Application & Admission Requirements
Application requirements will vary from program to program beyond such standards as an application and undergraduate and graduate transcripts. Though generally, doctorate candidates are expected to meet minimum GPA requirements (usually 3.0), as well as have a bachelor's degree in statistics, mathematics, or a related field. They may also be required to complete certain courses in calculus, algebra, computer programming, and applied statistics to be considered for admission. Students who lack any prerequisite courses demanded of their program will need to complete them before applying. The GRE is also often required.
Career Options & Job Market
More and more industries are relying on statistical analysis to make sense of data, and thanks to the Internet, there's more data available than ever before. Indeed, according to the BLS, employment of statisticians is expected to grow by 14% from 2010 to 2020. Areas where there will be a strong demand for the profession include government agencies, pharmaceutical companies, and commercial businesses. The federal government employs the largest percentage of statisticians, with 20% in 2010, according to the BLS, followed by scientific and development services (12%), colleges, universities, and professional schools (9%), state government (8%), and insurance carriers (7%). The median annual wage for the profession was $72,830 in May 2010, according to the BLS.
Where to Find Information
- American Statistical Society: The world's largest community of statisticians, which provides career and education information for statisticians.
- U.S. News & World Report: A publisher of well-regarded college rankings, including the world's best universities for statistics.
- The Princeton Review: Another major publisher on college rankings, as well as guides to careers, including statistics.
How to Get Funding
There are many financial assistant programs available to help you pay for your doctorate degree. For starters, many school's themselves offer students fellowships, scholarships, and teaching and research assistantships that can provide financial support for the degree; this can sometimes include living expenses, though these stipends can be competitive. If students' programs aren't covered, they can apply for grants and federal financial aid to help pay tuition and living expenses while they earn their degree. To receive federal aid, you have to complete the Free Application for Federal Student Aid, or FAFSA, form online by a specific deadline. You also have to be attending an accredited institution of higher education.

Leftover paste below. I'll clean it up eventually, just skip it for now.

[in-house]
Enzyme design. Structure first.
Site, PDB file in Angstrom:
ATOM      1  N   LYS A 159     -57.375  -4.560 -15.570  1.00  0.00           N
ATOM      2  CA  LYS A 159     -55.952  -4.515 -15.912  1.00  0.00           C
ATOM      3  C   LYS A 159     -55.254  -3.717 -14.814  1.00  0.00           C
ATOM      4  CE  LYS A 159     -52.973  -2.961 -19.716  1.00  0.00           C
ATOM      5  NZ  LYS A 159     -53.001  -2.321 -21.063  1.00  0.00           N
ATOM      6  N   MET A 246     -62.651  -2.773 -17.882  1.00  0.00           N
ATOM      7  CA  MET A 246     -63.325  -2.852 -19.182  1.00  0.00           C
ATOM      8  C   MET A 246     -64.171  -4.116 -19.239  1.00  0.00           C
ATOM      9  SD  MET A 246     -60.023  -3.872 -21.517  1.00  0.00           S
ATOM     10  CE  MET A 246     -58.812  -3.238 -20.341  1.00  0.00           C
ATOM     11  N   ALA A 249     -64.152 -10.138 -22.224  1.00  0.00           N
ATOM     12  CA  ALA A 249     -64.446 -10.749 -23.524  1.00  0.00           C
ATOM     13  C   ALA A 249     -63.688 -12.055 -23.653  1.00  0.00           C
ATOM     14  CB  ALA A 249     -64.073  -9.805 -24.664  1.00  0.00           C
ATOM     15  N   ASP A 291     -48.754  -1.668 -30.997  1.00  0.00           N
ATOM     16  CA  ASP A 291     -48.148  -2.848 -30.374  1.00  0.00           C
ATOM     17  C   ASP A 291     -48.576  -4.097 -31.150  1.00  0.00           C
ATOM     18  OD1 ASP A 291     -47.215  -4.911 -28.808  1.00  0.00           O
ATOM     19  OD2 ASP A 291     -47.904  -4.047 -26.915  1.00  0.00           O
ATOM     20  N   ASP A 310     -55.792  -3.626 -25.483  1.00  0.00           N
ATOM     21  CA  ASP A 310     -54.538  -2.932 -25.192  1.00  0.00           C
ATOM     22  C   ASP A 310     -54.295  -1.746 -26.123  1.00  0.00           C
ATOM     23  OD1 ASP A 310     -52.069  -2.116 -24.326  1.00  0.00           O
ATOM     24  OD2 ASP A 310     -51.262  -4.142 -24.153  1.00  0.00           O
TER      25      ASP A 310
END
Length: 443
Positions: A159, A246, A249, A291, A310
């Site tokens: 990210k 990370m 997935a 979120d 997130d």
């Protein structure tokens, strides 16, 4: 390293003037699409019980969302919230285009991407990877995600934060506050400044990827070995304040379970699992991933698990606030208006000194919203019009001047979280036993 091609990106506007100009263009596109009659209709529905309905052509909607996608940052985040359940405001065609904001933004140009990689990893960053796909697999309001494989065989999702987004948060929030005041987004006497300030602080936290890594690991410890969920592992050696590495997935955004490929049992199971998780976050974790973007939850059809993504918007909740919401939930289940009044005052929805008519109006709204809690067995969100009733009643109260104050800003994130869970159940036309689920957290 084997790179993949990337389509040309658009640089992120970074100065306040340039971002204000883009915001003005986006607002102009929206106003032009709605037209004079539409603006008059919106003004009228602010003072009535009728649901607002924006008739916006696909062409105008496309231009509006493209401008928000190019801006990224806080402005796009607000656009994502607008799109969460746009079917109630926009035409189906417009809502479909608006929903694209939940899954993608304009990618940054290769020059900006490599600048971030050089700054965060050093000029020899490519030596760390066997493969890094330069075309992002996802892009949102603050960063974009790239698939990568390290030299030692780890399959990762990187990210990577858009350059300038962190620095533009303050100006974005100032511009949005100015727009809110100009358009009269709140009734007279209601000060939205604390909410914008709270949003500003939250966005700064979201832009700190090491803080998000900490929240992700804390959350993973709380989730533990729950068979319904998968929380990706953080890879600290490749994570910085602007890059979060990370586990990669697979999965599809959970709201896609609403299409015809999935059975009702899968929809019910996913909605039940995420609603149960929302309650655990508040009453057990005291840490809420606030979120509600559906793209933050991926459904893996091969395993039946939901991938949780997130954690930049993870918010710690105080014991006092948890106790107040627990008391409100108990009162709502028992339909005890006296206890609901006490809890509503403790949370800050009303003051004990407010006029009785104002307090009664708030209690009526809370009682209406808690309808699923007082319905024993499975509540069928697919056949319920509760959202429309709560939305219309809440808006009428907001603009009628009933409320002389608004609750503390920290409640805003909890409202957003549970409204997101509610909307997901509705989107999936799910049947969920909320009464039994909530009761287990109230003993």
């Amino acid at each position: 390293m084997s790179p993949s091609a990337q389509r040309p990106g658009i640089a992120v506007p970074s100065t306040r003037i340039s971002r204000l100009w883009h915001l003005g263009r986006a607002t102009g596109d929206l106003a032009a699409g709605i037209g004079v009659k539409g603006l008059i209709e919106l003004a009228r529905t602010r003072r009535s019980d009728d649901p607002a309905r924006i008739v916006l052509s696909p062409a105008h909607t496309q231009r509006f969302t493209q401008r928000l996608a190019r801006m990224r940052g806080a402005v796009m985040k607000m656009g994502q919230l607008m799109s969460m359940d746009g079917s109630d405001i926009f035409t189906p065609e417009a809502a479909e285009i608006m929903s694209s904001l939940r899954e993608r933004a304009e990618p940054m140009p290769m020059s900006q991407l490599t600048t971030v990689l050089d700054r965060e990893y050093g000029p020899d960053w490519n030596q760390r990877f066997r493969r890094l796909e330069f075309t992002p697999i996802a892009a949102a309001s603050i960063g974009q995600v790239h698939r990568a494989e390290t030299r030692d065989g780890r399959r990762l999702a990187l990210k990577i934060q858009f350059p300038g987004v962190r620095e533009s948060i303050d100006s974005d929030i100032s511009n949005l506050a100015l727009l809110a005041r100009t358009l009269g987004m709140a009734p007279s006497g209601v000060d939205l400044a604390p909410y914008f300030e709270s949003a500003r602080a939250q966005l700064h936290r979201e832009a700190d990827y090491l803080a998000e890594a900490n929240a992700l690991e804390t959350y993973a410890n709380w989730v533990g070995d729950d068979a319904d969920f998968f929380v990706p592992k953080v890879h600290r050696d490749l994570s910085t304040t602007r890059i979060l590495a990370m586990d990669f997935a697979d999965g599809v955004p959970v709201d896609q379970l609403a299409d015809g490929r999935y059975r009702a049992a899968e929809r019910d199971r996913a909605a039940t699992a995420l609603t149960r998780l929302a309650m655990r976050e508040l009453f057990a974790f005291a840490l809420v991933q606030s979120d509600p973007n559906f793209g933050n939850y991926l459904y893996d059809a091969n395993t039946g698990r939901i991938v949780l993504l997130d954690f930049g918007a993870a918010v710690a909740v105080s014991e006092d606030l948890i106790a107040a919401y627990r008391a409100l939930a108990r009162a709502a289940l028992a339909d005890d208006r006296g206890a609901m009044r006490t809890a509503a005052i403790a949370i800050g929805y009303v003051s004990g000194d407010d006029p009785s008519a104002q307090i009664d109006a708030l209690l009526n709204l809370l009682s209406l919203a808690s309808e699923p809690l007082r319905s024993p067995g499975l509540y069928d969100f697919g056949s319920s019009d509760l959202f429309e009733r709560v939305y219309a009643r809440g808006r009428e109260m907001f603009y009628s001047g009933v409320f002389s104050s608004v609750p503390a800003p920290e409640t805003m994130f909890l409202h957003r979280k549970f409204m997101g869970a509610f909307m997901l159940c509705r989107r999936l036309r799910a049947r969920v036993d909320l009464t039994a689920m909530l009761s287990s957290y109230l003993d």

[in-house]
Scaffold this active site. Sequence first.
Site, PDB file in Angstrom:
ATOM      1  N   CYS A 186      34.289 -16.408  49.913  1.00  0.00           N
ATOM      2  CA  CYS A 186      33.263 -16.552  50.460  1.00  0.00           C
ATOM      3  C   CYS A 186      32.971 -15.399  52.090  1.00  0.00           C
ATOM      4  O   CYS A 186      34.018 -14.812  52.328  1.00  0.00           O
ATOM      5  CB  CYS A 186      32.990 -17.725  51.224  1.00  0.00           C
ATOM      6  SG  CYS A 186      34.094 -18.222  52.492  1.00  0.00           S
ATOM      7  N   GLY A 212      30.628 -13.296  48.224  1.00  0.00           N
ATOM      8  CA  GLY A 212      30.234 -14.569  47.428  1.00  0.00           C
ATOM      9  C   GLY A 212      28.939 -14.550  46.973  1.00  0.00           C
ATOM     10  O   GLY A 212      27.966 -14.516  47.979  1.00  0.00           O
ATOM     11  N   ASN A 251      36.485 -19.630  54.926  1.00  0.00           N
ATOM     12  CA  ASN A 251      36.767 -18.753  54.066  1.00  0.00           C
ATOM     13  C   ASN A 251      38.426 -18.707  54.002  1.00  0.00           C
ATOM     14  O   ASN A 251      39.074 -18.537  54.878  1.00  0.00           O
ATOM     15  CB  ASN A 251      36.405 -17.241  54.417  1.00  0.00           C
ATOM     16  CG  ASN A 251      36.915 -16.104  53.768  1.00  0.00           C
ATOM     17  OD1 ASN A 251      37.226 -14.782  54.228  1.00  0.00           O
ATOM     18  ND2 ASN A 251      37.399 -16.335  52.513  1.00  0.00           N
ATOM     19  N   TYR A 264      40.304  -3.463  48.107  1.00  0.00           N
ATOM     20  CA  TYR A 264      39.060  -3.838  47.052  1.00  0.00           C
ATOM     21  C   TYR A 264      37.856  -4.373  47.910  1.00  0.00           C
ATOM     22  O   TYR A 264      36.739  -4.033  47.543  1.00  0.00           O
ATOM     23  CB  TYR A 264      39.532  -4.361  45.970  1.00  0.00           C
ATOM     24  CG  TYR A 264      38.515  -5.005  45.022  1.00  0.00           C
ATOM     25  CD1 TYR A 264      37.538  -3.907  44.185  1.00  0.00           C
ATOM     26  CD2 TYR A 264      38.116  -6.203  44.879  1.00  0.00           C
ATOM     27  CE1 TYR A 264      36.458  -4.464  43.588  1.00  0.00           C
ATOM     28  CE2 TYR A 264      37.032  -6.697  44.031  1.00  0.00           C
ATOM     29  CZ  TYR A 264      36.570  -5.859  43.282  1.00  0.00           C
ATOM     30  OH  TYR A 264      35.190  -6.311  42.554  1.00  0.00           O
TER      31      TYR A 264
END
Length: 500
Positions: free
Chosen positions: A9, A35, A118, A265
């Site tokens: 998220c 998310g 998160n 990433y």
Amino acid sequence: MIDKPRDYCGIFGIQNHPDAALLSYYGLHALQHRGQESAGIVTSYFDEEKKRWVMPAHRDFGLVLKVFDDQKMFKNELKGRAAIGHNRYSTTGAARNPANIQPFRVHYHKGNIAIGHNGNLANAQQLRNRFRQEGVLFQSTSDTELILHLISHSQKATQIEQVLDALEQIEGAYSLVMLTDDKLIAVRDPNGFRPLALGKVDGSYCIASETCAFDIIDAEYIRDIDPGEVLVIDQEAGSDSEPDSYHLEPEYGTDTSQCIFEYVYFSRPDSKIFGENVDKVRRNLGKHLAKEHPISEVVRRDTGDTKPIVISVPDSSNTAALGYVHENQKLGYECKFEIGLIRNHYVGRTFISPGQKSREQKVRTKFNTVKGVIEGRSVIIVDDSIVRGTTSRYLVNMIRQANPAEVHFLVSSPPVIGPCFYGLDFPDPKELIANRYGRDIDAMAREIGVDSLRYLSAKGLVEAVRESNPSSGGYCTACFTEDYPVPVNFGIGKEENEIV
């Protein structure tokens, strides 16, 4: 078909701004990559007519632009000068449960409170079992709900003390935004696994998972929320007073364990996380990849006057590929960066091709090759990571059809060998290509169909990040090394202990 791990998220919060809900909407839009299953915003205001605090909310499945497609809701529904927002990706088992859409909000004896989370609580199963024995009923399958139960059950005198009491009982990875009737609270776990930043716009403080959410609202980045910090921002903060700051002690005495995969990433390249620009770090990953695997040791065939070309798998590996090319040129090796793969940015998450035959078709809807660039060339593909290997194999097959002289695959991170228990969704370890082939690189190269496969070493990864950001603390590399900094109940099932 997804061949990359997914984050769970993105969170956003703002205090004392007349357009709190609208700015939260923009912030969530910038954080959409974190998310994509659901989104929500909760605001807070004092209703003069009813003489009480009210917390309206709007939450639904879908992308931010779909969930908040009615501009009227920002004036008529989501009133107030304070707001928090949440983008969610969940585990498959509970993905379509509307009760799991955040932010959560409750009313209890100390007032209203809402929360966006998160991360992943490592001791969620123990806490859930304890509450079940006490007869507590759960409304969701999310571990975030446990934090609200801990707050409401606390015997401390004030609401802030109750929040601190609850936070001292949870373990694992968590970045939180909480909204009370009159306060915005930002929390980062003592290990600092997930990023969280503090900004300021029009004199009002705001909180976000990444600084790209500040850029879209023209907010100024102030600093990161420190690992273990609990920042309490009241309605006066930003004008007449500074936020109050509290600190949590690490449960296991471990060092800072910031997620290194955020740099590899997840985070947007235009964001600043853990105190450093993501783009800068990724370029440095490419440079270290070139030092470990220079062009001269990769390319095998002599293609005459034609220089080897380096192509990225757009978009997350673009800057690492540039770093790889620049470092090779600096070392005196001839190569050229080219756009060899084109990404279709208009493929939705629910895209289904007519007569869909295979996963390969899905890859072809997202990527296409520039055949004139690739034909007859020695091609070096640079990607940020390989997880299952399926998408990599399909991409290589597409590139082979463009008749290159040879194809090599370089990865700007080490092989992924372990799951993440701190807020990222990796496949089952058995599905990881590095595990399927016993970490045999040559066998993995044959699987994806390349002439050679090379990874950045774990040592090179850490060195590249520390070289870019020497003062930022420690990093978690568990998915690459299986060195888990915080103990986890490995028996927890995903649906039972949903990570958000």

- Federal Direct Stafford Loan. This federal loan offers a low-interest rate of 6.80% and up to $20,500 per academic year.
- Federal Perkins Loan. This federal loan offers a lower fixed interest rate of 5.0%, but only awards about $3,500 per academic year.
- Campus-Based Aid. Fellowships, scholarships, and teaching and research assistantships are some of the financial aid opportunities that may be available through your school, though they are often very competitive.
- Undergoing a Ph.D. program is a big commitment, from the time you'll sacrifice to the cost it may incur. So before you even apply, you'll want to make sure this is a good move for you. Figure out how a statistics Ph.D. will help you in your career down the line, and how you will address any immediate challenges, such as financial costs. Talking to people who are currently undergoing an online doctoral program in statistics can help you make your decision and answer your questions.
- Once you've decided to apply, make sure you have enough time to do so. Between the letters of recommendation, constructing your personal statement, and obtaining relevant test scores, it can take several months before your application is ready. So make sure you leave enough time to get everything you need to do done, as well as some wiggle room in case things take longer than you expect.
- How are you going to pay for it? This is a big question for anyone pursuing higher education, from undergraduate freshmen to doctoral candidates. Luckily, at the doctoral level, there are fellowships, scholarships, and grants you can take advantage of to help defray the costs. So you should take the steps to figure out what your options are, and apply to programs that will provide you with them.
- Before you jump straight into a Ph.D. program from an undergraduate or master's degree, consider the benefits of gaining work experience in between degrees. Taking a break from the demands of academia can be good for just your mental health, but also help you figure out what you'd want out of a Ph.D. program, who you'd like to study with, what the demand is in your field, and what you'd like to specialize in.